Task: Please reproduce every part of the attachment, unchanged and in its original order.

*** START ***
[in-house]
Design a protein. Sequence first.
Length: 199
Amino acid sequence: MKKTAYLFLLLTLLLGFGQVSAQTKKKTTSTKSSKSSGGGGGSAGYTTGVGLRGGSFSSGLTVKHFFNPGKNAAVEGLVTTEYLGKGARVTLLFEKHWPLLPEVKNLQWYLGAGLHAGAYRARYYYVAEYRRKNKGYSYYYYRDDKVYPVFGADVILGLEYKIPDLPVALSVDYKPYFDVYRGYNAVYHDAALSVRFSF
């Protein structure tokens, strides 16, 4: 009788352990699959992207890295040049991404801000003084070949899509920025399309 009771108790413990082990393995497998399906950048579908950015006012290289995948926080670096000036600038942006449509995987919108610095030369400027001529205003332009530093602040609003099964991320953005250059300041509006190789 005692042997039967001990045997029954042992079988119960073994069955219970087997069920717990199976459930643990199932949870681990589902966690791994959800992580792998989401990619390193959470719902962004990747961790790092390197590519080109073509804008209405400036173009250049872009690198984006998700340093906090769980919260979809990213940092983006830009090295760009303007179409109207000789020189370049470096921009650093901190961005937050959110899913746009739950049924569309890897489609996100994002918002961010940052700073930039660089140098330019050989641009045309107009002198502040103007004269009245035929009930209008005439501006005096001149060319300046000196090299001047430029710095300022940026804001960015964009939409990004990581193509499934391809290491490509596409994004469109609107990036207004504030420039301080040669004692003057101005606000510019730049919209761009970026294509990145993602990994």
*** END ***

[in-house]
Design a protein. Sequence first.
Length: 199
Amino acid sequence: MKKTAYLFLLLTLLLGFGQVSAQTKKKTTSTKSSKSSGGGGGSAGYTTGVGLRGGSFSSGLTVKHFFNPGKNAAVEGLVTTEYLGKGARVTLLFEKHWPLLPEVKNLQWYLGAGLHAGAYRARYYYVAEYRRKNKGYSYYYYRDDKVYPVFGADVILGLEYKIPDLPVALSVDYKPYFDVYRGYNAVYHDAALSVRFSF
């Protein structure tokens, strides 16, 4: 009788352990699959992207890295040049991404801000003084070949899509920025399309 009771108790413990082990393995497998399906950048579908950015006012290289995948926080670096000036600038942006449509995987919108610095030369400027001529205003332009530093602040609003099964991320953005250059300041509006190789 005692042997039967001990045997029954042992079988119960073994069955219970087997069920717990199976459930643990199932949870681990589902966690791994959800992580792998989401990619390193959470719902962004990747961790790092390197590519080109073509804008209405400036173009250049872009690198984006998700340093906090769980919260979809990213940092983006830009090295760009303007179409109207000789020189370049470096921009650093901190961005937050959110899913746009739950049924569309890897489609996100994002918002961010940052700073930039660089140098330019050989641009045309107009002198502040103007004269009245035929009930209008005439501006005096001149060319300046000196090299001047430029710095300022940026804001960015964009939409990004990581193509499934391809290491490509596409994004469109609107990036207004504030420039301080040669004692003057101005606000510019730049919209761009970026294509990145993602990994």